CMP endangers double tax avoidance treaties
Himalayan News Service
New Delhi, May 30
Just as one thought that India’s double taxation avoidance treaties with some tax havens like Mauritius are no longer in dispute, the issue has been resurrected, causing concern among foreign funds.The trigger this time is a short sentence tucked away in the Common Minimum Programme (CMP) of India’s ruling coalition that forms the main agenda for prime minister Manmohan Singh’s government. “Misuse of double taxation (avoidance) agreements will be stopped,” said the CMP. And Shiva Kant Jha, a former chief commissioner of income tax who initiated the debate by filing litigation against the government, is elated.
“The CMP vindicates my stand. I have always been saying that the rampant misuse of these treaties should be checked,” Jha said. The crucial line in the CMP was seen as a major contributor to an over four-per cent crash on Friday in a key index of the 129-year-old Bombay Stock Exchange. Foreign institutional investors (FIIs) are prime beneficiaries of the treaty. Even a subsequent clarification by finance minister P Chidambaram had little effect. “The misuse that we have discovered in one or two cases is not the misuse by foreign investors, but the misuse by some Indians,” he said. The crash was reminiscent of a similar fall four years ago after a Central Board of Direct Taxes (CBDT) directive of March 2000 that enjoined on FIIs registered in Mauritius to pay taxes on dividends and profits earned in India.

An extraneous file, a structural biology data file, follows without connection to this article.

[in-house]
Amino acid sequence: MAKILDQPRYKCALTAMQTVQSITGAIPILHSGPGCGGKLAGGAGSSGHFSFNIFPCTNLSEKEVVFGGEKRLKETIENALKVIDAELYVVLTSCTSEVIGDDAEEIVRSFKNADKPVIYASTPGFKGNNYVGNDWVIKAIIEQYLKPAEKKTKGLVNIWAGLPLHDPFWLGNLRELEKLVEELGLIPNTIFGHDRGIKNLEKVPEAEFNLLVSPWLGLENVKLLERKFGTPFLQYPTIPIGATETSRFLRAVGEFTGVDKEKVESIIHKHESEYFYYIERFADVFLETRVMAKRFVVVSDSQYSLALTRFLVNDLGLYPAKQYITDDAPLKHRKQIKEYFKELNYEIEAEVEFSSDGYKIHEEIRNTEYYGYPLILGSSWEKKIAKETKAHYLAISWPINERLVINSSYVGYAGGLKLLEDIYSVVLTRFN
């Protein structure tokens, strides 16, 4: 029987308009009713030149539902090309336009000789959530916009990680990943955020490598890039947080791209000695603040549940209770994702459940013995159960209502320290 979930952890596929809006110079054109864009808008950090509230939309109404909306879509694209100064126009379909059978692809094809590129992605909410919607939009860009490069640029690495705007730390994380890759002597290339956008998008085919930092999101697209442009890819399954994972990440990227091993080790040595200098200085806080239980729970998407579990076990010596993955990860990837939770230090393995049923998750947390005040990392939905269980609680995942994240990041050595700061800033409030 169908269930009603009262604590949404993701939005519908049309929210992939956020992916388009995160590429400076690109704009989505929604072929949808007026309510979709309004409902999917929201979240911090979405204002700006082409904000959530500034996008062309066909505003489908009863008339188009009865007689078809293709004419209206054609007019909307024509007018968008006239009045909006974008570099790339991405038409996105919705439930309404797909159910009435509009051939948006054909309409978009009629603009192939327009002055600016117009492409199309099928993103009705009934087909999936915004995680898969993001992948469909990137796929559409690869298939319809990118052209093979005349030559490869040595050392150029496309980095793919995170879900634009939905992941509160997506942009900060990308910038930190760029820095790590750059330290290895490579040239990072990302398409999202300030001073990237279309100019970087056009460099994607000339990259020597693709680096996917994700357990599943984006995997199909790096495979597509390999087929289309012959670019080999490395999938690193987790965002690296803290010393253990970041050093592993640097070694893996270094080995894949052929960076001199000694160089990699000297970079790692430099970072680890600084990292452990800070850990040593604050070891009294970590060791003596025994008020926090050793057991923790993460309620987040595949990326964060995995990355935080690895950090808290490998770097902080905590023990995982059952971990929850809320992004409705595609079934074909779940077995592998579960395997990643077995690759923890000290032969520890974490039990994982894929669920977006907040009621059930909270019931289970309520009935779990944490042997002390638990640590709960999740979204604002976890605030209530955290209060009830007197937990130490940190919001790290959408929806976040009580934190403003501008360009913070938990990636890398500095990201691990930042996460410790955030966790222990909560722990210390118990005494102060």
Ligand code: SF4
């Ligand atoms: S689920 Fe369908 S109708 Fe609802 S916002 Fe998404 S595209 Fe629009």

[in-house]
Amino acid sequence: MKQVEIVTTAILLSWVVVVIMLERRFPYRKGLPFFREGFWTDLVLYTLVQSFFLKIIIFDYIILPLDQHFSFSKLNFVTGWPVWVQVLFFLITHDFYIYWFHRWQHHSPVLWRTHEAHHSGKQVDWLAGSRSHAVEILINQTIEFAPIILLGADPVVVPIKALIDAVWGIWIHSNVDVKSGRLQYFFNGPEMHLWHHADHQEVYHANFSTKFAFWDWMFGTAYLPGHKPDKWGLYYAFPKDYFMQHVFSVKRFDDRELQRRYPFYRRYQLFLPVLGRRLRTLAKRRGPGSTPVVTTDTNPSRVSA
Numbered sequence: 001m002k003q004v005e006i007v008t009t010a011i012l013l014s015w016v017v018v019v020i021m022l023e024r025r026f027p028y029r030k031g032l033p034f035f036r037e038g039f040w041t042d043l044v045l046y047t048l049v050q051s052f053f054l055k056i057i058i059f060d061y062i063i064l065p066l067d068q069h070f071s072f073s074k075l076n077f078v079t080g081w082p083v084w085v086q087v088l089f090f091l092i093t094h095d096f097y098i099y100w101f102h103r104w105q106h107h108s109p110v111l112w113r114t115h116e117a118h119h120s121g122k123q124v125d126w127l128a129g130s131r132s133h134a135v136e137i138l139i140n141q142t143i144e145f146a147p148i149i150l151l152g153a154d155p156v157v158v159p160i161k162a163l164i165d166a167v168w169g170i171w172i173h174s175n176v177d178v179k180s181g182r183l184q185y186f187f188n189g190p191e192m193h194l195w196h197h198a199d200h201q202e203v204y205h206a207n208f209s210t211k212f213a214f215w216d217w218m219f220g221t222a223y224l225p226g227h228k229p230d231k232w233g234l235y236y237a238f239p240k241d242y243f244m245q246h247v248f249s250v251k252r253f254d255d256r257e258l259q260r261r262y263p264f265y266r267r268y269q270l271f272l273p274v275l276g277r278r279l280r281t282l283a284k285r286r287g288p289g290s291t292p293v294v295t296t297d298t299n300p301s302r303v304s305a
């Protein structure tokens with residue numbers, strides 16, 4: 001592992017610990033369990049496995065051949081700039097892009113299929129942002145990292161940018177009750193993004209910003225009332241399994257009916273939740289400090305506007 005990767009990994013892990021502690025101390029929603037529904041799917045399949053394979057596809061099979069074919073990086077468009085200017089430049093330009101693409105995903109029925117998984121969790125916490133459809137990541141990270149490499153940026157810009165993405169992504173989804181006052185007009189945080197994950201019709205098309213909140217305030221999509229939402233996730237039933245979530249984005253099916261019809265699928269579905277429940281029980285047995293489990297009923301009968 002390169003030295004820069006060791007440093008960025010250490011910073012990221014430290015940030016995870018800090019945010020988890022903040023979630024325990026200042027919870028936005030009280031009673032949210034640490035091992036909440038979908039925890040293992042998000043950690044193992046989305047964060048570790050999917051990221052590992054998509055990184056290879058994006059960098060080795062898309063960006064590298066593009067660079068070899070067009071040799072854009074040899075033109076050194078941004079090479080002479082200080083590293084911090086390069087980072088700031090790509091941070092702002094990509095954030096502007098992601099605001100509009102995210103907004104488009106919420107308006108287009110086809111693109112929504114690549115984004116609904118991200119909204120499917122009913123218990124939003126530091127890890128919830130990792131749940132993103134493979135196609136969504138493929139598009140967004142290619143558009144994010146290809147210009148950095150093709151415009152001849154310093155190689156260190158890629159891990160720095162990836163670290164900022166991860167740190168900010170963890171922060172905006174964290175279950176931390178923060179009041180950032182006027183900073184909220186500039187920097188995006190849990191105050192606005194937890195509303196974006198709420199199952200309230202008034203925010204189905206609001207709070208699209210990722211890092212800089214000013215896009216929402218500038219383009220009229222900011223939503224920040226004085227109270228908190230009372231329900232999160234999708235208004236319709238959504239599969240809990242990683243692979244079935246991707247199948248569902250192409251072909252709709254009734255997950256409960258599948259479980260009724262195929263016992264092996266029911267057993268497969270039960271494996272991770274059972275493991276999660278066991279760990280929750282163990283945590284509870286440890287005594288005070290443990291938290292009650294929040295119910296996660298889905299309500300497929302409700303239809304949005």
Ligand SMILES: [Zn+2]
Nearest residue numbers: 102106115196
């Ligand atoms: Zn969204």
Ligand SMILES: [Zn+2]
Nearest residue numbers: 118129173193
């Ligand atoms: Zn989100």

Their rationale was Mauritius does not tax profits and dividends and, using the avoidance of double taxation agreement as a cover, FIIs were getting away from their liability in India by having a mere post box number in Mauritius. But Yashwant Sinha, who was finance minister at that time, intervened and had the CBDT clarify that a certificate of residence from Mauritius would be sufficient for benefits under the India-Mauritius agreement. In May, Jha and a non-profit organisation, Azadi Bachao Andolan, challenged the CBDT circular in the Delhi High Court, which ruled in favour of the petitioners on May 31, 2002. Four months later the government moved a special leave petition before the Supreme Court.